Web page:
Neuronal transfection

For fluorescence immunocytochemistry, cultured neurons (7 days in vitro, DIV) were transfected with different vectors using the Effectene Transfection Reagent (Qiagen GmbH, Hilden, Germany) according to the manufacturer's instructions, with some modifications. Briefly, 0.6 μg of DNA was added to 120 μl of EC buffer and 3.5 μL of enhancer, and then left for 5 minutes at room temperature before 10 μL of Effectene was added. After 15 minutes incubation at room temperature, the final solution was added to a 35 mm cell culture dish containing hippocampal neurons, for 3 h before the medium was changed. Less than 0.5% of the neurons were transfected in each dish, permitting the morphology of the neurons to be analyzed without the interference of neighboring labeled neurons. To determine Hes1 mRNA, 300,000 neurons were transfected with different vectors using Lipofectamine LTX (Invitrogen), following the protocol recommended by the manufacturer. The rate of transfection was 20-25% of the total number of cells.

Immunocytochemistry, image acquisition and morphometric analysis of labeled hippocampal neurons

Neurons were fixed for 30 minutes in 4% paraformaldehyde (PFA) in PBS 18 h after transfection, permeabilized for 15 minutes at room temperature with 0.5% Triton X-100 in PBS and blocked with 10% goat serum in PBS containing 0.1% Triton X-100. The neurons were then incubated with the primary and secondary antibodies. To verify that the labeling was caused specifically by the primary antibodies, it was either omitted or replaced by similarly diluted normal serum from the same species.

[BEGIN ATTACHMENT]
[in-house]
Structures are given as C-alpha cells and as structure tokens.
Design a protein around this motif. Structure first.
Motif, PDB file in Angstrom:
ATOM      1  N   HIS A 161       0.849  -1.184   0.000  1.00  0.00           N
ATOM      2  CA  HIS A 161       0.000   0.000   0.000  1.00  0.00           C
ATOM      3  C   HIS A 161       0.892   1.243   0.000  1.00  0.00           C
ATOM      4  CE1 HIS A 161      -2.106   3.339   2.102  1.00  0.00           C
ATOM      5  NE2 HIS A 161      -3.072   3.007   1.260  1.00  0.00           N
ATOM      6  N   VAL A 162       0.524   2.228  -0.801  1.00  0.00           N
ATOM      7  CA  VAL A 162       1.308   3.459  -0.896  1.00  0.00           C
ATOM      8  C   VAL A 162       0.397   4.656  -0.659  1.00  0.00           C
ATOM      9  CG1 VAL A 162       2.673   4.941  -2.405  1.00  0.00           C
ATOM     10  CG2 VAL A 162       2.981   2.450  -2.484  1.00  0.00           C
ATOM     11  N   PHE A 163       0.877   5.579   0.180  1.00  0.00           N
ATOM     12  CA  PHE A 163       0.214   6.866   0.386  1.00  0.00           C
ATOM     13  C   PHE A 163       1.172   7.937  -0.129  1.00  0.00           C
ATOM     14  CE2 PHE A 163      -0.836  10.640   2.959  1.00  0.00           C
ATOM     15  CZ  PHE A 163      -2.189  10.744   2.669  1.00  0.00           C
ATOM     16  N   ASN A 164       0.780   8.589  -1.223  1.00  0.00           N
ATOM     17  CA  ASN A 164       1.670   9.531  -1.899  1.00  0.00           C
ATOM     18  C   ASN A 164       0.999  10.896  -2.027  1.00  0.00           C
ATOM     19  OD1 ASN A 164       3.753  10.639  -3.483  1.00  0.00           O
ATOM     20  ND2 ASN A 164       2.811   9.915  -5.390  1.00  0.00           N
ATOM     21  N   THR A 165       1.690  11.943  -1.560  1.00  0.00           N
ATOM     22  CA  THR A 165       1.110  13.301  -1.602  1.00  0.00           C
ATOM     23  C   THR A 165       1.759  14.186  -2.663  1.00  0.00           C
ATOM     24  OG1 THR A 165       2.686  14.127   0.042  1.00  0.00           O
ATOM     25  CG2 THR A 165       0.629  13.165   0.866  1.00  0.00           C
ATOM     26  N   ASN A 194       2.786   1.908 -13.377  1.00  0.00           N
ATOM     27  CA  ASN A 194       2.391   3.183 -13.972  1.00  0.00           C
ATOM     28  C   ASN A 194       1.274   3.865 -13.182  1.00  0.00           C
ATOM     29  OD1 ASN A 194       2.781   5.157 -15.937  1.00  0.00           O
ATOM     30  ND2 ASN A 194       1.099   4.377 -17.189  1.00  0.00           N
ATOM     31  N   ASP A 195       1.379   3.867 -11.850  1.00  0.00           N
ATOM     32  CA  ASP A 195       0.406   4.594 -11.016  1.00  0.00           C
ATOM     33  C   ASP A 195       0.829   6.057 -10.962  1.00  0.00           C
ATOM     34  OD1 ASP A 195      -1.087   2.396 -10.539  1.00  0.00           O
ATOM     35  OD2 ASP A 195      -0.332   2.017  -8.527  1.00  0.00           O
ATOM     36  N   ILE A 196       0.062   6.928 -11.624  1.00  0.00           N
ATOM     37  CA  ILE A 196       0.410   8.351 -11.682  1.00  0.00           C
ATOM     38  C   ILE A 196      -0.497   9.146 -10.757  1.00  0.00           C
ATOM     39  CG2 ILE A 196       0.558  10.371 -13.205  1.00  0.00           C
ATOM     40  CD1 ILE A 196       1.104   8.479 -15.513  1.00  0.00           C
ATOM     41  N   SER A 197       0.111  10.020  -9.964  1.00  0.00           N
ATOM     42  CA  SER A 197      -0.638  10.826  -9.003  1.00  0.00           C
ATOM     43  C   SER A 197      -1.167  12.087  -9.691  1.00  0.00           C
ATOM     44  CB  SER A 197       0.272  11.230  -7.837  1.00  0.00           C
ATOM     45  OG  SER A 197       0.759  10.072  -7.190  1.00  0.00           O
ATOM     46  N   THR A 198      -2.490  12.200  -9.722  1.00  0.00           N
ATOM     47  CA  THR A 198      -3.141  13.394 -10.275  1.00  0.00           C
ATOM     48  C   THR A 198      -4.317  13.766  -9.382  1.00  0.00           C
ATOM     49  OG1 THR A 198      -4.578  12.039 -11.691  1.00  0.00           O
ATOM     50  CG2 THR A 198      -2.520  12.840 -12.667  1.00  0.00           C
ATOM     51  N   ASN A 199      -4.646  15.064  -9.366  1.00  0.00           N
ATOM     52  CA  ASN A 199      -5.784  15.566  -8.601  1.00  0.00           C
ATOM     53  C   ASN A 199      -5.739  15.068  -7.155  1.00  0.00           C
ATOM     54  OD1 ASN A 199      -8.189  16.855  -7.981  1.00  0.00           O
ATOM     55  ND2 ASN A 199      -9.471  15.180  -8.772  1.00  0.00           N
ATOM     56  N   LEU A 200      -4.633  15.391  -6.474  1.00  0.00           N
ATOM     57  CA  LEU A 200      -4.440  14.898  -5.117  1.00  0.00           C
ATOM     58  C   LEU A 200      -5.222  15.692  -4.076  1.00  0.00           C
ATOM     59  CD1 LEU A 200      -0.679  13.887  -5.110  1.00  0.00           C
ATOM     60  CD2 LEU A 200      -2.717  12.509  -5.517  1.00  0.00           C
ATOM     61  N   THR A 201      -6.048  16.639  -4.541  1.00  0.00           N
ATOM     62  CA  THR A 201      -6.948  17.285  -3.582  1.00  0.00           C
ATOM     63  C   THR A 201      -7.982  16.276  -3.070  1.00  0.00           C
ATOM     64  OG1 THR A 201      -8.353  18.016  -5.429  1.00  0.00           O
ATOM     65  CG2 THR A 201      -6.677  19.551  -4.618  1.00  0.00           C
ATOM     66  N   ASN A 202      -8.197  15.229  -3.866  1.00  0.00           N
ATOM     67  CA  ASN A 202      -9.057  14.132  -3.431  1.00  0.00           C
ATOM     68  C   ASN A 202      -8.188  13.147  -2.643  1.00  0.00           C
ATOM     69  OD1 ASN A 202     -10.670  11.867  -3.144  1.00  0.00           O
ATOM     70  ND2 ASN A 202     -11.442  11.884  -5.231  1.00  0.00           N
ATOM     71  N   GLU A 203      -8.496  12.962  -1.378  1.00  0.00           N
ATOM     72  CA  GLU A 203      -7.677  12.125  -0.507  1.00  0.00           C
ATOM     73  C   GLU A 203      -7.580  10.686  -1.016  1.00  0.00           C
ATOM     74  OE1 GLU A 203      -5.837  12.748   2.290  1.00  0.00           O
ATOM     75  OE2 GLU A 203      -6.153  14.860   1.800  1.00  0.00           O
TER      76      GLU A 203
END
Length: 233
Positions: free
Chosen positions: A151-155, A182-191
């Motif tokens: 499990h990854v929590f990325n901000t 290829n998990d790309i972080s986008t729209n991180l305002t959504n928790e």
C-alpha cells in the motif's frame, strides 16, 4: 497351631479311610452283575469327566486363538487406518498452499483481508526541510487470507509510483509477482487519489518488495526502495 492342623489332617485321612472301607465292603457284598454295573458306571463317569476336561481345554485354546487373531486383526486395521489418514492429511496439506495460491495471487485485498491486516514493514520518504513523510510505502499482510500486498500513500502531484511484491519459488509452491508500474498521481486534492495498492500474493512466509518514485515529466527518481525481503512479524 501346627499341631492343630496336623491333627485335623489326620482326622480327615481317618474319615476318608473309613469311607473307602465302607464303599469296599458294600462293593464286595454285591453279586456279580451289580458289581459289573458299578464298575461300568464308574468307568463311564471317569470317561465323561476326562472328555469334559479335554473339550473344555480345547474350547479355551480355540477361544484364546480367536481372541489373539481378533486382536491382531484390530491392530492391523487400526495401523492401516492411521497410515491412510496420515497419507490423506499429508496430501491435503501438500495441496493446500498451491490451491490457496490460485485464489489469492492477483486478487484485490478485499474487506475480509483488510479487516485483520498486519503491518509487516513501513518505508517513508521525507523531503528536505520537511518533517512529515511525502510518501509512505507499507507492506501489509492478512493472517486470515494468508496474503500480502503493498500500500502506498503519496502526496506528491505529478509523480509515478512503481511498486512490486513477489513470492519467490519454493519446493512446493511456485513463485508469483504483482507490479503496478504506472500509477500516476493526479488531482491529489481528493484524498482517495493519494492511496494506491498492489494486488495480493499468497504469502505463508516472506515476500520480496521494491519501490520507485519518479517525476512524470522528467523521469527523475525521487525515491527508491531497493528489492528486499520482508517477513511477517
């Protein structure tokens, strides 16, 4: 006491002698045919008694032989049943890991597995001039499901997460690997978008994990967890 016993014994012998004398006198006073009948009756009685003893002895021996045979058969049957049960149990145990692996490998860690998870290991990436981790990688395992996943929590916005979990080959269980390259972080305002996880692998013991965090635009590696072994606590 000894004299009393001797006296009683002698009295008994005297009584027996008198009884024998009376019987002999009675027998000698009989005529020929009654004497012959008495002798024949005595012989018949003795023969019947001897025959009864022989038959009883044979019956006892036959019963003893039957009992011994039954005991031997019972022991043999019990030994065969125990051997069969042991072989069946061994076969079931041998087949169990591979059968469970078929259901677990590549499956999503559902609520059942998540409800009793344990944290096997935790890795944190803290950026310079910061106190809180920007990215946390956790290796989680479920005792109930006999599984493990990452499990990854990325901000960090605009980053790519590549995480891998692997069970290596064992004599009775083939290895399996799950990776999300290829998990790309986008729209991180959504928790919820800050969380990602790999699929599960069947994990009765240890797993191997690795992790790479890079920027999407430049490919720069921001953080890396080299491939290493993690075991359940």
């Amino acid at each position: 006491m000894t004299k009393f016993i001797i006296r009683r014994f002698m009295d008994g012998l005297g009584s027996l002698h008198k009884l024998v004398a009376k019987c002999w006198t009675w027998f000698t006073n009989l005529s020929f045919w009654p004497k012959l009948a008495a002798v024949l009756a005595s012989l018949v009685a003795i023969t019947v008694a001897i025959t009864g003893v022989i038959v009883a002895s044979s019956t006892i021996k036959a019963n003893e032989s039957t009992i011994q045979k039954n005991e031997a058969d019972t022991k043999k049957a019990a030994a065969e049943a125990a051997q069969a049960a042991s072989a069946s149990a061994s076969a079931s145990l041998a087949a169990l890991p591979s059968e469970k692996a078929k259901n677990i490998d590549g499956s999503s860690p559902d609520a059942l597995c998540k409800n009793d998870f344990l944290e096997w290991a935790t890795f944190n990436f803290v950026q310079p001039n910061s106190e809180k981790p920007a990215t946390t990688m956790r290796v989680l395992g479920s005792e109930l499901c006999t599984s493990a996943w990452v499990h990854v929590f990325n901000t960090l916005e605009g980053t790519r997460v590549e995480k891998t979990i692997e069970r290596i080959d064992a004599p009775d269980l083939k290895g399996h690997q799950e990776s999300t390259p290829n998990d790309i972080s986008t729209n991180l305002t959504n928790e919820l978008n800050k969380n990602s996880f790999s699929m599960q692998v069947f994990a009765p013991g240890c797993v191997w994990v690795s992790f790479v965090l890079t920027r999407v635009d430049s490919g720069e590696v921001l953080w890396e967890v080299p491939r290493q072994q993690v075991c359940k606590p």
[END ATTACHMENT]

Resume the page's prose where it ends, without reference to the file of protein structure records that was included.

Our methods for the evaluation of dendritic morphology and presynaptic terminal identification in dissociated cell cultures have been described previously [14]. Briefly, labeled neurons were visualized by standard epifluorescence under a Plan-Neofluar 63× oil objective with a numerical aperture of 1.3 (Zeiss, Oberkochen, Germany). Terminal counts and analysis of dendrite morphology were performed manually. A circular region of interest (ROI) with a diameter of 50 μm was projected onto the EGFP-labeled neuron, its centre roughly coinciding with the centre of the soma. The dendrite length was expressed as the number of dendritic trees that exceeded the limit of the ROI (number of dendrites > 50 μm). In co-transfection experiments, only double-labeled cells were analysed, representing > 90% of the single-labeled cells. Synaptic terminals in contact with an EGFP-labeled neuron were identified by single immunofluorescence, when an antibody against VIAAT was used.

Cell survival